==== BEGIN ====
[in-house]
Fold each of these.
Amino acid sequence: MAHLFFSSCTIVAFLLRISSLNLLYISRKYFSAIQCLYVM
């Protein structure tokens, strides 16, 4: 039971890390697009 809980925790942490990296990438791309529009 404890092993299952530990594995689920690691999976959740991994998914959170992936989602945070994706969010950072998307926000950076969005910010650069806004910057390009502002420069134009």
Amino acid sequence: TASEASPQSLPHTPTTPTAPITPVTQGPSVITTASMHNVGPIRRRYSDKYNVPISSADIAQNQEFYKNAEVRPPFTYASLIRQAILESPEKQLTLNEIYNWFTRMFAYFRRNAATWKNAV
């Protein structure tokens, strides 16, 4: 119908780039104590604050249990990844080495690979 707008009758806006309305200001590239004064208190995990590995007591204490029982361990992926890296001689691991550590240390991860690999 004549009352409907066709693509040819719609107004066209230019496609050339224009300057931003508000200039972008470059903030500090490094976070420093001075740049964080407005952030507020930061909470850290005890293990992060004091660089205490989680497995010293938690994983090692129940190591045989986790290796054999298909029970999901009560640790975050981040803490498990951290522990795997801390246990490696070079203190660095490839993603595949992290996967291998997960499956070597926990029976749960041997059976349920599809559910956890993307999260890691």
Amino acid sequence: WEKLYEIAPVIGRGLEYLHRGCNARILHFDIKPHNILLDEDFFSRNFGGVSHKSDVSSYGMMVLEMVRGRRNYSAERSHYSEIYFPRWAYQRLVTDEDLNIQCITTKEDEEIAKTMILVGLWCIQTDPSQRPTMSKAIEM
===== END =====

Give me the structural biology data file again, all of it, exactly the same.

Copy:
[in-house]
Fold each of these.
Amino acid sequence: MAHLFFSSCTIVAFLLRISSLNLLYISRKYFSAIQCLYVM
């Protein structure tokens, strides 16, 4: 039971890390697009 809980925790942490990296990438791309529009 404890092993299952530990594995689920690691999976959740991994998914959170992936989602945070994706969010950072998307926000950076969005910010650069806004910057390009502002420069134009």
Amino acid sequence: TASEASPQSLPHTPTTPTAPITPVTQGPSVITTASMHNVGPIRRRYSDKYNVPISSADIAQNQEFYKNAEVRPPFTYASLIRQAILESPEKQLTLNEIYNWFTRMFAYFRRNAATWKNAV
């Protein structure tokens, strides 16, 4: 119908780039104590604050249990990844080495690979 707008009758806006309305200001590239004064208190995990590995007591204490029982361990992926890296001689691991550590240390991860690999 004549009352409907066709693509040819719609107004066209230019496609050339224009300057931003508000200039972008470059903030500090490094976070420093001075740049964080407005952030507020930061909470850290005890293990992060004091660089205490989680497995010293938690994983090692129940190591045989986790290796054999298909029970999901009560640790975050981040803490498990951290522990795997801390246990490696070079203190660095490839993603595949992290996967291998997960499956070597926990029976749960041997059976349920599809559910956890993307999260890691």
Amino acid sequence: WEKLYEIAPVIGRGLEYLHRGCNARILHFDIKPHNILLDEDFFSRNFGGVSHKSDVSSYGMMVLEMVRGRRNYSAERSHYSEIYFPRWAYQRLVTDEDLNIQCITTKEDEEIAKTMILVGLWCIQTDPSQRPTMSKAIEM